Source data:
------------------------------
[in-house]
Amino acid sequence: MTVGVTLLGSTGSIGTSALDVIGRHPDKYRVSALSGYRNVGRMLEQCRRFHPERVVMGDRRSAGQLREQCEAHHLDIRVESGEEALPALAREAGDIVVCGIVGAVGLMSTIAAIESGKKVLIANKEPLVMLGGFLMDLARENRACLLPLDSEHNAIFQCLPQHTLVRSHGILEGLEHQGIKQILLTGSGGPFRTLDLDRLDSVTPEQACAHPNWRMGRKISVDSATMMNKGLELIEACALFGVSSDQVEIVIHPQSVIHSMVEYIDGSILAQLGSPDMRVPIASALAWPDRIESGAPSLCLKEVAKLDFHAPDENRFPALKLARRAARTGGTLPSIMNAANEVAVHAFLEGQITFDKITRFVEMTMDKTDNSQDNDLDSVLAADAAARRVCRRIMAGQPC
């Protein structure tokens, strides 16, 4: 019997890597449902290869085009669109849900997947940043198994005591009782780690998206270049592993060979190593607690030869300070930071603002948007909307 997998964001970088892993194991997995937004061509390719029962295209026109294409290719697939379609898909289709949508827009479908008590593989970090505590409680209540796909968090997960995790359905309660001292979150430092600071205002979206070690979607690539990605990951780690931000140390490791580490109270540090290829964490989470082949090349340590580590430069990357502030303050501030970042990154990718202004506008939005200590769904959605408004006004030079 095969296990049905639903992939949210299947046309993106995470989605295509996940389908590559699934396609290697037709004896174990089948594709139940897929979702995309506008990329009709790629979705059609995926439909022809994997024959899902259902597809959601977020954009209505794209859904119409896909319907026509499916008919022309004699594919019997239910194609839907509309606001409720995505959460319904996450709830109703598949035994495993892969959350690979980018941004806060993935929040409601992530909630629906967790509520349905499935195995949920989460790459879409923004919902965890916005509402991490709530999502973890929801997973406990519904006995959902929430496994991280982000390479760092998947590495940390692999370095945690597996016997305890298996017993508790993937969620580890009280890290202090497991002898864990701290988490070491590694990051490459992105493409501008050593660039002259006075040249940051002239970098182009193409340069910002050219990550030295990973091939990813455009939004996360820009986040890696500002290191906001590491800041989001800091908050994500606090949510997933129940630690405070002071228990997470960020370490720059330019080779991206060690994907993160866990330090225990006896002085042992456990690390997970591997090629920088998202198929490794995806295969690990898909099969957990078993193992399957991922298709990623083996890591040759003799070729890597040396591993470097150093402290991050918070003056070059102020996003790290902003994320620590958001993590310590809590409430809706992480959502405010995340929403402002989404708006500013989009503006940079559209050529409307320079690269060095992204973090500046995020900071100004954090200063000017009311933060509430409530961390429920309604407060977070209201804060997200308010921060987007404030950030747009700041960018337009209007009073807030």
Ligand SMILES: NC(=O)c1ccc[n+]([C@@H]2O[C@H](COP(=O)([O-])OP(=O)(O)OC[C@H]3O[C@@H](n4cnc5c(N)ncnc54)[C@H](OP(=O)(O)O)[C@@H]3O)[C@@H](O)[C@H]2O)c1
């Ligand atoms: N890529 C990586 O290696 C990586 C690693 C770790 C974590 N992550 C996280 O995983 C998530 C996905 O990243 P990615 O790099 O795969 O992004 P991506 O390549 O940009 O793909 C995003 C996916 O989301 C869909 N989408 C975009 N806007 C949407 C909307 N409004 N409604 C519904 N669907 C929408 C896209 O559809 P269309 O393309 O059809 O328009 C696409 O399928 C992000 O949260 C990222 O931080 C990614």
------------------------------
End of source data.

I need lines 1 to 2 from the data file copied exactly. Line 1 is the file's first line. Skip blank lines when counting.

[in-house]
Amino acid sequence: MTVGVTLLGSTGSIGTSALDVIGRHPDKYRVSALSGYRNVGRMLEQCRRFHPERVVMGDRRSAGQLREQCEAHHLDIRVESGEEALPALAREAGDIVVCGIVGAVGLMSTIAAIESGKKVLIANKEPLVMLGGFLMDLARENRACLLPLDSEHNAIFQCLPQHTLVRSHGILEGLEHQGIKQILLTGSGGPFRTLDLDRLDSVTPEQACAHPNWRMGRKISVDSATMMNKGLELIEACALFGVSSDQVEIVIHPQSVIHSMVEYIDGSILAQLGSPDMRVPIASALAWPDRIESGAPSLCLKEVAKLDFHAPDENRFPALKLARRAARTGGTLPSIMNAANEVAVHAFLEGQITFDKITRFVEMTMDKTDNSQDNDLDSVLAADAAARRVCRRIMAGQPC